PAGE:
Eugenia bracteata Vell.
Eugenia laevigata (O.Berg) D.Legrand
Eugenia minutifolia (Mattos & D.Legrand) Mattos
Phyllocalyx involucratus (DC.) O.Berg
Phyllocalyx laevigatus O.Berg
Stenocalyx involucratus (DC.) Kausel
Common Name: Cherry of the Rio Grande
Cherry of the Rio Grande is a deciduous tree with a dense, oval crown; it can grow 5 - 15 metres tall. The cylindrical bole can be 30 - 40cm in diameter[
Abundantly cultivated in Rio Grande do Sul for its edible fruits, it is also grown as an ornamental plant[
Southern S. America - Argentina, Paraguay, Uruguay, southern and eastern Brazil and Bolivia.
Semi-deciduous forests, favouring the more open, secondary formations, usually above 350 metres[
|Other Uses Rating||
|Cultivation Status||Cultivated, Ornamental, Wild
A plant of low to moderate elevations in the subtropics, found at elevations above 350 metres in the tropics.
Prefers a sunny position[
A slow-growing plant[
The plant is quite variable in the size and quality of its fruit. There is a form known as dulcissima with a rounder fruit that is very sweet but with a less firm, lighter flesh[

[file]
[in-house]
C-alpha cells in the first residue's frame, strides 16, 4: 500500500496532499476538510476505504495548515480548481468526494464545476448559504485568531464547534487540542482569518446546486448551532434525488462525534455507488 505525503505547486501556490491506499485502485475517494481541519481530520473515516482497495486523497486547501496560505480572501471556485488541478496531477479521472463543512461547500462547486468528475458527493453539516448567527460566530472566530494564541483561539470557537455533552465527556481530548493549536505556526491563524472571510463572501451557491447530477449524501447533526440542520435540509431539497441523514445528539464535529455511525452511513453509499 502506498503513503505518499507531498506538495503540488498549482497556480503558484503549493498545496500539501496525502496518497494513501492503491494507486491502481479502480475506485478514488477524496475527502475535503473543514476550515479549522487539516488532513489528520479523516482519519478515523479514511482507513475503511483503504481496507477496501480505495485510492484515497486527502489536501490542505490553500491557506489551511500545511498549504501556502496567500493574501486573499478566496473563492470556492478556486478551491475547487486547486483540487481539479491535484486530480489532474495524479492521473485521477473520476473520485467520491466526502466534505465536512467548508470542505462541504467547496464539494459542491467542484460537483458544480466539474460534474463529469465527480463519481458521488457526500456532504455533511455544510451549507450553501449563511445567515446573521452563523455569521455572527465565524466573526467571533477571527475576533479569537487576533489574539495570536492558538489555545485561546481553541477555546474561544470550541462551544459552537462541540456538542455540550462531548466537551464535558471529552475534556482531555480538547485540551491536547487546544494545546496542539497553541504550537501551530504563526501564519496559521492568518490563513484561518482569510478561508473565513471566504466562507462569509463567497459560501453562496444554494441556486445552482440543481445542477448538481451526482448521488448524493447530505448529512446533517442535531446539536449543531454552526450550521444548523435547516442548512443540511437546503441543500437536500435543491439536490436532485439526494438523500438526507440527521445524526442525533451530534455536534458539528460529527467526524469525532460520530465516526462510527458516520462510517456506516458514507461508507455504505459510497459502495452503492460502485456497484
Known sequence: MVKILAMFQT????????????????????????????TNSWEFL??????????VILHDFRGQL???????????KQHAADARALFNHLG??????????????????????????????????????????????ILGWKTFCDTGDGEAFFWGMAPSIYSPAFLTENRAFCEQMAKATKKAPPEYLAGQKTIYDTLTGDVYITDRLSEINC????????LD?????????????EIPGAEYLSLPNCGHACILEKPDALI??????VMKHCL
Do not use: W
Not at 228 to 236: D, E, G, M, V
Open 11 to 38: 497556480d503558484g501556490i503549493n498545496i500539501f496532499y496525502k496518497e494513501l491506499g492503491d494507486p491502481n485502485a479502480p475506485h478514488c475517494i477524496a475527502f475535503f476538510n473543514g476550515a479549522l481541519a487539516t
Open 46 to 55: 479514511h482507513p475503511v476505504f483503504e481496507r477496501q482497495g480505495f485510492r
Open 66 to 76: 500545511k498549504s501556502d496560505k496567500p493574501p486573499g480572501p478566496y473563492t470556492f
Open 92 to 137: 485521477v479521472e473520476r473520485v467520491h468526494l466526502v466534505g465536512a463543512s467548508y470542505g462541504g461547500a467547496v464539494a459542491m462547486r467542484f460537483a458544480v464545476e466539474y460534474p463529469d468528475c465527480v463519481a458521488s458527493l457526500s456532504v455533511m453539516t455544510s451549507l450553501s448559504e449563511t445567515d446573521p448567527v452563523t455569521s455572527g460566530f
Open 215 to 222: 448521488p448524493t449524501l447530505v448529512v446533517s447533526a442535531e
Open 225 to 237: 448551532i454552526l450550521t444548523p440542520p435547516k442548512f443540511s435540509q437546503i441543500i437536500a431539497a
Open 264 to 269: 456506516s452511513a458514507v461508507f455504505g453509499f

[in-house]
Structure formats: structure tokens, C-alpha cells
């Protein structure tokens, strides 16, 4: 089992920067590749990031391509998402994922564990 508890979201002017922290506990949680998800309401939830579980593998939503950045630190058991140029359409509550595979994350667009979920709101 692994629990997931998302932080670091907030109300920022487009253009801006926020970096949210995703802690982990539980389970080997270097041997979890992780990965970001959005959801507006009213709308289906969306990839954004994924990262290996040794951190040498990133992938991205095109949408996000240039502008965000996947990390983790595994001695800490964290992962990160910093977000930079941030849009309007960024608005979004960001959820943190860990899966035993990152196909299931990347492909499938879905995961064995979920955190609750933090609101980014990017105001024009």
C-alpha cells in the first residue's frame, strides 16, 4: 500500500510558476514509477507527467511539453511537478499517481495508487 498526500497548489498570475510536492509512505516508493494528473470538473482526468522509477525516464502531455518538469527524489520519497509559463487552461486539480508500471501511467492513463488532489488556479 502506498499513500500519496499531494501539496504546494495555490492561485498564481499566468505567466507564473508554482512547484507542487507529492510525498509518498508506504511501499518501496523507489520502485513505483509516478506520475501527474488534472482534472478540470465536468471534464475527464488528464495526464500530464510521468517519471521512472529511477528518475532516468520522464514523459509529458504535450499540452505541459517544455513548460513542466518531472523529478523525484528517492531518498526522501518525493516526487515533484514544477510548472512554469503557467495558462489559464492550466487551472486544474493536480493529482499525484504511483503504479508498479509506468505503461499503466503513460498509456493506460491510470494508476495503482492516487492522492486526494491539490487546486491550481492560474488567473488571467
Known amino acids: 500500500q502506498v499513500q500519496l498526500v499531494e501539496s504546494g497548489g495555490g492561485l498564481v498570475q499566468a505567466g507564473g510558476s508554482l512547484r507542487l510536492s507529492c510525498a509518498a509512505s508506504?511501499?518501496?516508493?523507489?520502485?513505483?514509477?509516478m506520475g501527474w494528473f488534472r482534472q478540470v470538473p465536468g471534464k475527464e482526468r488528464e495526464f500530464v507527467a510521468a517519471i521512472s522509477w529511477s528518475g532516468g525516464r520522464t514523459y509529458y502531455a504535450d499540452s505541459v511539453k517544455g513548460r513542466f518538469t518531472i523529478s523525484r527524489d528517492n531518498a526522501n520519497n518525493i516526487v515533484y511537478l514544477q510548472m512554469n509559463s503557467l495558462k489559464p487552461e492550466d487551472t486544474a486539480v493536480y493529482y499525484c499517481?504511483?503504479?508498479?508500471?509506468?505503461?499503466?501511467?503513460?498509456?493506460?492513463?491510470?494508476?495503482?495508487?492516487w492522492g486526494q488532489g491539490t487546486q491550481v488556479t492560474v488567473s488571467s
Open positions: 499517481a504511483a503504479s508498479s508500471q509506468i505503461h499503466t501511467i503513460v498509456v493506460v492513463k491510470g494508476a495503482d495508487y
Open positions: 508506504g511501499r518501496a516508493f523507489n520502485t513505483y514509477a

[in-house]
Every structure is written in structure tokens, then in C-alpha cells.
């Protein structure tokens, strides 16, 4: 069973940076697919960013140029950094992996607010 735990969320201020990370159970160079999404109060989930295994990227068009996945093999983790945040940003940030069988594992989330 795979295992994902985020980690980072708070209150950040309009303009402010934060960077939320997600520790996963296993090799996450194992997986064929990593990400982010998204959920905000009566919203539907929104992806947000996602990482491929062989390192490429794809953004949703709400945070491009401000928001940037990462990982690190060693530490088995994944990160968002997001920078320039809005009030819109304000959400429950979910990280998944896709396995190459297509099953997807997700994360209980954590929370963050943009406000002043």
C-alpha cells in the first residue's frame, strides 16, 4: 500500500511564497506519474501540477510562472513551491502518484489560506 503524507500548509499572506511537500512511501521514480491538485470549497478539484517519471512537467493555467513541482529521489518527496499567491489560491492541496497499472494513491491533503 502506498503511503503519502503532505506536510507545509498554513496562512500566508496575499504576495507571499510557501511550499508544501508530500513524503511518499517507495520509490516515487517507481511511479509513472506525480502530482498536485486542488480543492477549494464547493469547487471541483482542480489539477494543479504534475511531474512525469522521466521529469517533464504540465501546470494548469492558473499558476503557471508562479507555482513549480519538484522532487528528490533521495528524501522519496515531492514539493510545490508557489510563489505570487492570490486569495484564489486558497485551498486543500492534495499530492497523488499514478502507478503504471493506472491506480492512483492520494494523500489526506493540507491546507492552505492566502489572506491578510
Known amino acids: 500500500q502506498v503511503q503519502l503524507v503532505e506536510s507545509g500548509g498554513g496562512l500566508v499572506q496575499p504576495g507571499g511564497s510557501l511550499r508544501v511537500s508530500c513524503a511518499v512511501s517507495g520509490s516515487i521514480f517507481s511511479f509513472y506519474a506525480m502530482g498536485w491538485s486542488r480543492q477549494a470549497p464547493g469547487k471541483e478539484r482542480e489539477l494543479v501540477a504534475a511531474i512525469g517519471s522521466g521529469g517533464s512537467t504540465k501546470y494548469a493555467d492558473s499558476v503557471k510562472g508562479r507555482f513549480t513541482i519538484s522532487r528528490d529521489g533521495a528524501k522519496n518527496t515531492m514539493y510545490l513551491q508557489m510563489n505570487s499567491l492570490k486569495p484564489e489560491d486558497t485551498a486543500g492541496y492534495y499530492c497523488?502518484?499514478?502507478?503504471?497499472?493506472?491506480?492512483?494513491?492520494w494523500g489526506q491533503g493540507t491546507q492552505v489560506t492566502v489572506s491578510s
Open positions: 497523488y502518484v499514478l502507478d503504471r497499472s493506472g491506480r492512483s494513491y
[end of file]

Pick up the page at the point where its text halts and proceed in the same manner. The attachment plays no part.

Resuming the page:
]. Another form has much larger fruits that can be 5cm long with a firm, sweet flesh[
Fruit - raw and made into jellies[
]. A thick, fleshy, succulent pulp with a very pleasant, sweet or subacid flavour[
]. The fruit is about 3cm long and 2cm wide[
The wood is compact, moderately heavy, elastic, of good natural durability. It is used for making tool handles and other agricultural implements[
The wood is used for making charcoal[
Seed - best sown as soon as it is ripe in a partially shaded position in a nursery seedbed or in individual containers. A high germination rate can be expected, with the seed sprouting within 30 - 40 days[
]. Seedlings grow away slowly[
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